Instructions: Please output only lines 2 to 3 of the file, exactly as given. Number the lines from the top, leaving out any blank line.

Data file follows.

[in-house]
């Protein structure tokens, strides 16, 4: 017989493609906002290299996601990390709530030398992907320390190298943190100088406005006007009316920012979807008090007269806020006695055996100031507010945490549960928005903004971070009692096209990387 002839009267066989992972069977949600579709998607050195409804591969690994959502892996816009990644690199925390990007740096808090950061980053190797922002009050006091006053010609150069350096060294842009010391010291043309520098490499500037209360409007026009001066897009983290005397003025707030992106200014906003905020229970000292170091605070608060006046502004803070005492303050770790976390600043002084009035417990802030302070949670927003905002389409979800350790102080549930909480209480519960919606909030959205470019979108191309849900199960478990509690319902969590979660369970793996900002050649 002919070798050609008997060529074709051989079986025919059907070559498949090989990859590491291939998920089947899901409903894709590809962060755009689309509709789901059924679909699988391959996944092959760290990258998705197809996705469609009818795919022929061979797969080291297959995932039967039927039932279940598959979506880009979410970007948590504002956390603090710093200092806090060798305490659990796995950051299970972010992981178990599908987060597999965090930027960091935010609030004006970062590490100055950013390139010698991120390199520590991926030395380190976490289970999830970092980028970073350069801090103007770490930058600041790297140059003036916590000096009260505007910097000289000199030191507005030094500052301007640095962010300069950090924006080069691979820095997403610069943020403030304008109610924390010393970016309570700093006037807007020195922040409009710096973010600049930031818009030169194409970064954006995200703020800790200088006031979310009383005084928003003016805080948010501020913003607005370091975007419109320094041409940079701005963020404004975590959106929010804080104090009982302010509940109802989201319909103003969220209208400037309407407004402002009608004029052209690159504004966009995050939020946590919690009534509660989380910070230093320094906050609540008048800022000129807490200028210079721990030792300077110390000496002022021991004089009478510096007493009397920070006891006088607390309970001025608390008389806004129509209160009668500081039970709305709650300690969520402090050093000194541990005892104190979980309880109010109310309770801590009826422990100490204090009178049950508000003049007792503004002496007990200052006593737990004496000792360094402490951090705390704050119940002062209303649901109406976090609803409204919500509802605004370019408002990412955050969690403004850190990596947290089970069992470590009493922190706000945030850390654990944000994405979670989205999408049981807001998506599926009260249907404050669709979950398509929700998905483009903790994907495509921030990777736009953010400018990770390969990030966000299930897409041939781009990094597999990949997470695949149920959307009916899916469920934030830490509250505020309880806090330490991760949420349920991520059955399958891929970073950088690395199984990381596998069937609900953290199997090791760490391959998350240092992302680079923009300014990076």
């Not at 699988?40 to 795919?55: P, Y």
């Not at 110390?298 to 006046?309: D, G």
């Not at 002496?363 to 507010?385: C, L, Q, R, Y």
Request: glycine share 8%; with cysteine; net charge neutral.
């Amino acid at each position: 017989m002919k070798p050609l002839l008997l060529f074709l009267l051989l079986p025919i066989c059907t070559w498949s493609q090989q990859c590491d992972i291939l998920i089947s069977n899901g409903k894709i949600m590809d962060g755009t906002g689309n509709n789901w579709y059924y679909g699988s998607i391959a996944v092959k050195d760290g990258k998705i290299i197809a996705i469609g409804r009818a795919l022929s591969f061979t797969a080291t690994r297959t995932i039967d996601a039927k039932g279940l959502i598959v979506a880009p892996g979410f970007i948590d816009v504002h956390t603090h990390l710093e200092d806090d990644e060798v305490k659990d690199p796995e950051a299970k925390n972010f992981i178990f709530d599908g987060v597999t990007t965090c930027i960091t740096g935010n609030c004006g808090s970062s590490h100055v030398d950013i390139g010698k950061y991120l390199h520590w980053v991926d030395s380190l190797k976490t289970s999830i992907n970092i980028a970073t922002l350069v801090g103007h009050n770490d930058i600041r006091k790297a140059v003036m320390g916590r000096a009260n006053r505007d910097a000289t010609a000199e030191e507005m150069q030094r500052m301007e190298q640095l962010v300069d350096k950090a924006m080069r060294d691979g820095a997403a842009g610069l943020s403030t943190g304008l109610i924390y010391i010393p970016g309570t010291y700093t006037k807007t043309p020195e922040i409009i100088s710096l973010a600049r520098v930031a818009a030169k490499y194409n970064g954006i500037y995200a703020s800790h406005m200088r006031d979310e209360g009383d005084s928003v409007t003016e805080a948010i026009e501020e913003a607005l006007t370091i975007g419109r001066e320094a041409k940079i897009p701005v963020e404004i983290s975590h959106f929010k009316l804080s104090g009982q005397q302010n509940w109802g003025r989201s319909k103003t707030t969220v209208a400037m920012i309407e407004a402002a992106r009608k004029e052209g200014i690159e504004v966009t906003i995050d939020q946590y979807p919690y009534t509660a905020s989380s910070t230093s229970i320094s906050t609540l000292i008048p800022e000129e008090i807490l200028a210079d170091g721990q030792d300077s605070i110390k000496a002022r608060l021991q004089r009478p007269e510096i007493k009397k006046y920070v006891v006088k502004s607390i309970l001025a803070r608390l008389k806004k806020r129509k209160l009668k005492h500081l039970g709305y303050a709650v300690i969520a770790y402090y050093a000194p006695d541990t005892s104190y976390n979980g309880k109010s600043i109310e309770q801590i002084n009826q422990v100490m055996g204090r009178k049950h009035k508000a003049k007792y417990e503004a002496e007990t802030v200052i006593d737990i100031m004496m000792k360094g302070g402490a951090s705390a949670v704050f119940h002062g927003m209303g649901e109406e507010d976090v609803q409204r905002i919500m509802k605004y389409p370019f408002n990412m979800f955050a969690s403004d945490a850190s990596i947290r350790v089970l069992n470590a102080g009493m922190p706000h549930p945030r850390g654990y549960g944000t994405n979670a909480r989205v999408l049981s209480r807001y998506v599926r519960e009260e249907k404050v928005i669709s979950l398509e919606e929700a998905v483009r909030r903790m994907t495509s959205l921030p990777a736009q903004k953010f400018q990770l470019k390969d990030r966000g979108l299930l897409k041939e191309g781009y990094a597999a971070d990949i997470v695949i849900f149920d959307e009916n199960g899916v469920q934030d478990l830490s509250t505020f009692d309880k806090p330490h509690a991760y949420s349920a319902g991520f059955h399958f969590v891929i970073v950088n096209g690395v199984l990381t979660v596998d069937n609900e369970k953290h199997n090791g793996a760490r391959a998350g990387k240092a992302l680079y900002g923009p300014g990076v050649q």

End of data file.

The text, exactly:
């Protein structure tokens, strides 16, 4: 017989493609906002290299996601990390709530030398992907320390190298943190100088406005006007009316920012979807008090007269806020006695055996100031507010945490549960928005903004971070009692096209990387 002839009267066989992972069977949600579709998607050195409804591969690994959502892996816009990644690199925390990007740096808090950061980053190797922002009050006091006053010609150069350096060294842009010391010291043309520098490499500037209360409007026009001066897009983290005397003025707030992106200014906003905020229970000292170091605070608060006046502004803070005492303050770790976390600043002084009035417990802030302070949670927003905002389409979800350790102080549930909480209480519960919606909030959205470019979108191309849900199960478990509690319902969590979660369970793996900002050649 002919070798050609008997060529074709051989079986025919059907070559498949090989990859590491291939998920089947899901409903894709590809962060755009689309509709789901059924679909699988391959996944092959760290990258998705197809996705469609009818795919022929061979797969080291297959995932039967039927039932279940598959979506880009979410970007948590504002956390603090710093200092806090060798305490659990796995950051299970972010992981178990599908987060597999965090930027960091935010609030004006970062590490100055950013390139010698991120390199520590991926030395380190976490289970999830970092980028970073350069801090103007770490930058600041790297140059003036916590000096009260505007910097000289000199030191507005030094500052301007640095962010300069950090924006080069691979820095997403610069943020403030304008109610924390010393970016309570700093006037807007020195922040409009710096973010600049930031818009030169194409970064954006995200703020800790200088006031979310009383005084928003003016805080948010501020913003607005370091975007419109320094041409940079701005963020404004975590959106929010804080104090009982302010509940109802989201319909103003969220209208400037309407407004402002009608004029052209690159504004966009995050939020946590919690009534509660989380910070230093320094906050609540008048800022000129807490200028210079721990030792300077110390000496002022021991004089009478510096007493009397920070006891006088607390309970001025608390008389806004129509209160009668500081039970709305709650300690969520402090050093000194541990005892104190979980309880109010109310309770801590009826422990100490204090009178049950508000003049007792503004002496007990200052006593737990004496000792360094402490951090705390704050119940002062209303649901109406976090609803409204919500509802605004370019408002990412955050969690403004850190990596947290089970069992470590009493922190706000945030850390654990944000994405979670989205999408049981807001998506599926009260249907404050669709979950398509929700998905483009903790994907495509921030990777736009953010400018990770390969990030966000299930897409041939781009990094597999990949997470695949149920959307009916899916469920934030830490509250505020309880806090330490991760949420349920991520059955399958891929970073950088690395199984990381596998069937609900953290199997090791760490391959998350240092992302680079923009300014990076």
């Not at 699988?40 to 795919?55: P, Y």